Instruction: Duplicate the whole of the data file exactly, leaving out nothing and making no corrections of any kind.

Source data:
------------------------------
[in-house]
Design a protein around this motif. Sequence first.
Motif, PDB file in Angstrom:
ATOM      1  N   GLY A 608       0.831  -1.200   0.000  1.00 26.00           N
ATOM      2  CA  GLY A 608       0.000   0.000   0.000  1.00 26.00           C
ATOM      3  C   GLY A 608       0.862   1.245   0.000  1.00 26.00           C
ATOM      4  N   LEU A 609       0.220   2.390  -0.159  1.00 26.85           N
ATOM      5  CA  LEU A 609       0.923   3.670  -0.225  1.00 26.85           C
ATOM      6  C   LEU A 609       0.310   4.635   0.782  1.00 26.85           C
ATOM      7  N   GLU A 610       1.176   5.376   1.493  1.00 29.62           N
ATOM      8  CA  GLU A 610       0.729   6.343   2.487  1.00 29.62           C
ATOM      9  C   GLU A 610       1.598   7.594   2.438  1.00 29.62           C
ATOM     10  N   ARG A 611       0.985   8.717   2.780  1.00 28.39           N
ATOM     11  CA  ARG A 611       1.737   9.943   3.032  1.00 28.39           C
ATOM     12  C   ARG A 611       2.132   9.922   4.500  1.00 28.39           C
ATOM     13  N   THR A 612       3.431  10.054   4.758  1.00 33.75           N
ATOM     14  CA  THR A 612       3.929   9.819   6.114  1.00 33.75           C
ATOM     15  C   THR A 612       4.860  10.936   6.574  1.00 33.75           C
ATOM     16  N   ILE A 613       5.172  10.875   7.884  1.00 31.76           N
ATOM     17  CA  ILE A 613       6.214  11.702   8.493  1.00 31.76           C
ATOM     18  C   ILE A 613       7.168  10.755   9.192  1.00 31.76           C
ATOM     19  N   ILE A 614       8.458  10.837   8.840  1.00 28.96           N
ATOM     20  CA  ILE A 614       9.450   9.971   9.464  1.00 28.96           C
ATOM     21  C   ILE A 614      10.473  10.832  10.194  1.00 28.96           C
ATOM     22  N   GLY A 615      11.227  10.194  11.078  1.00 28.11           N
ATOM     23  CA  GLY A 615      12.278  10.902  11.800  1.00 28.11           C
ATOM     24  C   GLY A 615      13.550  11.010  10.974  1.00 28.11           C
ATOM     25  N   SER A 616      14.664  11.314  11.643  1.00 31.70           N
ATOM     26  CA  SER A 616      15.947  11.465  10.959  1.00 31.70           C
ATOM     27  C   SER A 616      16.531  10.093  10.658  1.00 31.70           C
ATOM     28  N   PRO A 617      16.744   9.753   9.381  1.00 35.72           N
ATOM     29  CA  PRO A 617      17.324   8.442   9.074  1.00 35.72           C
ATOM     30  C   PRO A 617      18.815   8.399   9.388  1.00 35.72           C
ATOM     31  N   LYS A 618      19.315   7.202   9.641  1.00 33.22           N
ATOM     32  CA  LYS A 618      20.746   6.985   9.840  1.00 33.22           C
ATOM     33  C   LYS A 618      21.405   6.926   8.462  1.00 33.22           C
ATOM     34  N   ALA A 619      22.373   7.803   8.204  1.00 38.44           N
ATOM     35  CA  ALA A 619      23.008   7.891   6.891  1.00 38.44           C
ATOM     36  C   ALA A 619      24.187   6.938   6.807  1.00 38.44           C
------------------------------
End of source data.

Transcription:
[in-house]
Design a protein around this motif. Sequence first.
Motif, PDB file in Angstrom:
ATOM      1  N   GLY A 608       0.831  -1.200   0.000  1.00 26.00           N
ATOM      2  CA  GLY A 608       0.000   0.000   0.000  1.00 26.00           C
ATOM      3  C   GLY A 608       0.862   1.245   0.000  1.00 26.00           C
ATOM      4  N   LEU A 609       0.220   2.390  -0.159  1.00 26.85           N
ATOM      5  CA  LEU A 609       0.923   3.670  -0.225  1.00 26.85           C
ATOM      6  C   LEU A 609       0.310   4.635   0.782  1.00 26.85           C
ATOM      7  N   GLU A 610       1.176   5.376   1.493  1.00 29.62           N
ATOM      8  CA  GLU A 610       0.729   6.343   2.487  1.00 29.62           C
ATOM      9  C   GLU A 610       1.598   7.594   2.438  1.00 29.62           C
ATOM     10  N   ARG A 611       0.985   8.717   2.780  1.00 28.39           N
ATOM     11  CA  ARG A 611       1.737   9.943   3.032  1.00 28.39           C
ATOM     12  C   ARG A 611       2.132   9.922   4.500  1.00 28.39           C
ATOM     13  N   THR A 612       3.431  10.054   4.758  1.00 33.75           N
ATOM     14  CA  THR A 612       3.929   9.819   6.114  1.00 33.75           C
ATOM     15  C   THR A 612       4.860  10.936   6.574  1.00 33.75           C
ATOM     16  N   ILE A 613       5.172  10.875   7.884  1.00 31.76           N
ATOM     17  CA  ILE A 613       6.214  11.702   8.493  1.00 31.76           C
ATOM     18  C   ILE A 613       7.168  10.755   9.192  1.00 31.76           C
ATOM     19  N   ILE A 614       8.458  10.837   8.840  1.00 28.96           N
ATOM     20  CA  ILE A 614       9.450   9.971   9.464  1.00 28.96           C
ATOM     21  C   ILE A 614      10.473  10.832  10.194  1.00 28.96           C
ATOM     22  N   GLY A 615      11.227  10.194  11.078  1.00 28.11           N
ATOM     23  CA  GLY A 615      12.278  10.902  11.800  1.00 28.11           C
ATOM     24  C   GLY A 615      13.550  11.010  10.974  1.00 28.11           C
ATOM     25  N   SER A 616      14.664  11.314  11.643  1.00 31.70           N
ATOM     26  CA  SER A 616      15.947  11.465  10.959  1.00 31.70           C
ATOM     27  C   SER A 616      16.531  10.093  10.658  1.00 31.70           C
ATOM     28  N   PRO A 617      16.744   9.753   9.381  1.00 35.72           N
ATOM     29  CA  PRO A 617      17.324   8.442   9.074  1.00 35.72           C
ATOM     30  C   PRO A 617      18.815   8.399   9.388  1.00 35.72           C
ATOM     31  N   LYS A 618      19.315   7.202   9.641  1.00 33.22           N
ATOM     32  CA  LYS A 618      20.746   6.985   9.840  1.00 33.22           C
ATOM     33  C   LYS A 618      21.405   6.926   8.462  1.00 33.22           C
ATOM     34  N   ALA A 619      22.373   7.803   8.204  1.00 38.44           N
ATOM     35  CA  ALA A 619      23.008   7.891   6.891  1.00 38.44           C
ATOM     36  C   ALA A 619      24.187   6.938   6.807  1.00 38.44           C